"The only context I know "blackjack" from is jinx. If you said the same thing at the same time as another person, you could call "jinx" and then they can't talk until someone says their name. However, there was apparently a rule where if you were wearing black, you could say "blackjack" and then be able to speak again. So usually the person would say "jinx, no blackjacks"."

    Now I remember quite vividly the blackjack phenomenon, which also at some point incorporated "double blackjack" to counter "no blackjack." The issue would then escalate further with the pre-emptive use of "no double blackjack!"

  34. Nancy said,

    July 17, 2008 @ 1:13 pm

    Circle circle dot dot now I've got a cootie shot
    Circle circle square square now I've got it everywhere
    Spoon spoon knife knife now I've got it all my life

    So don't none of y'all even try to give me cooties. I'm immune.

    And it's SLUG BUG, not punch bug. No slug backs.

  35. Zubon said,

    July 17, 2008 @ 1:38 pm

    On the slug/punch bug front, xkcd is of course on the scene. I'll link the forum, which includes the comic and continued discussion:
    Which is of no help on the blackjack front, sorry (but I think it still falls under the playground culture topic, via "tagbacks"). For what it's worth, no "blackjack" in my (SE Michigan 1980s) playground days either. Tagbacks were of course forbidden, frontsies were frowned upon and backsies forbidden by etiquette (under the name "cuts," with that reversal being recognized as forbidden backsies), all forms of infinity/opposite day/rubber & glue were in play, and cootie shots did not exist. Among the lads, cootie shots would especially not exist with a rhyme. And they were slug bugs.

  36. bruce said,

    July 17, 2008 @ 1:48 pm

    For some reason, growing up in Toronto in the 1980s we had "black ball beats them all" which was a general annunciation of power. Often, but not always, paired with "no touchbacks"

    Trying to understand the idea behind frontsies/backsies. It's about who's adjacent to you in line, right? If you permit a backsy, then the person behind you sees someone visibly cut in front of them, slowing their access to the front of the line. If you permit a frontsy, then the person in front of you merely sees another person cut in behind them, which doesn't slow down his or her progress.

    I know, in reality it's exactly the same thing, but … it's somehow different.

  37. Arnold Zwicky said,

    July 17, 2008 @ 2:10 pm

    To Rob Gunningham: there are several lexical items fain. My comment was about the schoolkid item, which the OED categorizes as a verb. The fain you found in M-W Online is an adjective (sometimes adverb) with a very different etymology, going back to OE and earlier Germanic, where its first sense was 'glad, rejoiced, well-pleased', which later developed a sense 'necessitated, compelled' (semantic change is fascinating).

  38. Kate said,

    July 17, 2008 @ 2:17 pm

    FWIW, I grew up in the Pacific Northwest in the 90's, and we definitely had "blackjack, no tagbacks". I don't think it had to do with playing tag though, it was more of a jinxing game thing, to prevent jinx retribution.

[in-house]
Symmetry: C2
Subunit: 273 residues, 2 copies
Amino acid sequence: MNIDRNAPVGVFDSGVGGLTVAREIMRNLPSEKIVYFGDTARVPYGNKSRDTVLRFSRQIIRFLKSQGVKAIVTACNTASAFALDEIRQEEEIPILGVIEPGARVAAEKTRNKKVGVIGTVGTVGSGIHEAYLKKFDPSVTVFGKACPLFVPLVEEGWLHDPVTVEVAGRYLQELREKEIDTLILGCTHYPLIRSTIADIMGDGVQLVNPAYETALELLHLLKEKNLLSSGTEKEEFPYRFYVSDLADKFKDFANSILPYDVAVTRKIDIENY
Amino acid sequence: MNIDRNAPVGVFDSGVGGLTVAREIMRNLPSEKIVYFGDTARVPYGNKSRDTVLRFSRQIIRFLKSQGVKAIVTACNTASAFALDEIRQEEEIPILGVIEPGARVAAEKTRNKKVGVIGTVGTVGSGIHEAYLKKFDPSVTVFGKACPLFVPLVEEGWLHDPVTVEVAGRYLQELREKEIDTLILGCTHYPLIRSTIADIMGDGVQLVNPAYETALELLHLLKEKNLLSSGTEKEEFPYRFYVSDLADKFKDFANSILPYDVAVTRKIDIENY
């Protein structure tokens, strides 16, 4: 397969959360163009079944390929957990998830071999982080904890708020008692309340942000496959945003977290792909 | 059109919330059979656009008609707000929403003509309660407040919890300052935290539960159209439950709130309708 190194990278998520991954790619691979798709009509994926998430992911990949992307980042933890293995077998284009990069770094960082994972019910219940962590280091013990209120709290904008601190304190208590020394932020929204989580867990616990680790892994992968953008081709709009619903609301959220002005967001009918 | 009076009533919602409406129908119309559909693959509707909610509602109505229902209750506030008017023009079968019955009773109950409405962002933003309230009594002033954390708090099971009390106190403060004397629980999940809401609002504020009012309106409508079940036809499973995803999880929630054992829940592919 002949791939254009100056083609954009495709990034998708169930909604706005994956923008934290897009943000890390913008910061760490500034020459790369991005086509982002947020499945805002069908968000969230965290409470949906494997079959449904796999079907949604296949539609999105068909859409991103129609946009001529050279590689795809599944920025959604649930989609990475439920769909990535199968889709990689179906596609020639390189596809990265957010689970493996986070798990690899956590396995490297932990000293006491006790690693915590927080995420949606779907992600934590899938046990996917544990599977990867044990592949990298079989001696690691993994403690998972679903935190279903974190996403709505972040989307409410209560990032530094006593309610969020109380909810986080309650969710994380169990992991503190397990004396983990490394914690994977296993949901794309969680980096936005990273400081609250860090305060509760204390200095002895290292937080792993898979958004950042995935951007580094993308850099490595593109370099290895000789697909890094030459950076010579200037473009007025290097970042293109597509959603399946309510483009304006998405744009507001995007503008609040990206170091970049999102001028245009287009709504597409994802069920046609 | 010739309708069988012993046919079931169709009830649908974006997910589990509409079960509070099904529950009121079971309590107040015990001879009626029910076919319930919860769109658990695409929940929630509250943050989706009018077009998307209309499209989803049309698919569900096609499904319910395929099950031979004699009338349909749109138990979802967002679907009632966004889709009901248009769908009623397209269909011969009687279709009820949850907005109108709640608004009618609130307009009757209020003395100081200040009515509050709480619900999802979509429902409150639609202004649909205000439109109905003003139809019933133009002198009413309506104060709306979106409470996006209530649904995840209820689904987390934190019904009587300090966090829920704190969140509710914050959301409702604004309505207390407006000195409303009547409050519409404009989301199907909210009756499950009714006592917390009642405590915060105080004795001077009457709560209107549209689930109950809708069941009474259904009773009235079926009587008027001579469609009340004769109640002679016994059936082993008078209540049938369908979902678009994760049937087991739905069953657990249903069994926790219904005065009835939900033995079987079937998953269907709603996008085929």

And the whole slugbug thing is for long car trips: The kid who sees a VW Beetle first is allowed to hit their siblings and yell "SLUG BUG!" because the Beetle is a bug.

    When the New Beetle came out, we had endless discussions about whether or not it counted as a slug bug.

  39. Arnold Zwicky said,

    July 17, 2008 @ 2:25 pm

    Nancy insists: "And it's SLUG BUG, not punch bug. No slug backs."

    Comments like these come up repeatedly, here and on ADS-L. There's variation for certain expressions, and people want to insist that the version they're familiar with is the true, correct version. (Back in June we went around on "good/close enough for government work" on ADS-L, and there was a certain amount of hassling about which version was the correct one. They're both used, and they appeared at roughly the same time, so each is just as good as the other.)

    Schoolkid expressions vary enormously, in lexical content, pronunciation, and uses; they're different from place to place and social group to social group, and they change over time. Even if you can argue that some versions are older than others, that doesn't mean that the older versions are the "correct" ones. There's simply a lot of variation.

  40. Nancy said,

    July 17, 2008 @ 2:27 pm

    Someone please explain Fayknights, or fanites or fainites. I can't find it referenced and am dying to know the context in which it's used.

    Could it be related to the word "fay" or "fey" perhaps? Fey night? Fey naught? fey knot? Some BrE speaker help me out!

    BTW, New Beetle definitely counts for a Slug Bug.

  41. Robert Sharp said,

    July 17, 2008 @ 2:45 pm

    Circle circle, dot dot….

    Draw it out. In my school it was always just a "sneaky" way to draw a crude representation of a woman's breasts on someone's body. In pen. Kinda like joining the pen 15 club.

  42. William Ockham said,

    July 17, 2008 @ 3:12 pm

    Here's a contemporary reference to blackjack in connection with jinxing:

    The post starts out:

    You have to understand… I'm really not trying to jinx this right now. But I'd be remiss if I didn't post something after Houston's 89-80 win over Charlotte. Second. Longest. Win. Streak. In. NBA. History. 21-0. That can't be taken back, that doesn't have any caveats.

  43. Thomas Thurman said,

    July 17, 2008 @ 3:39 pm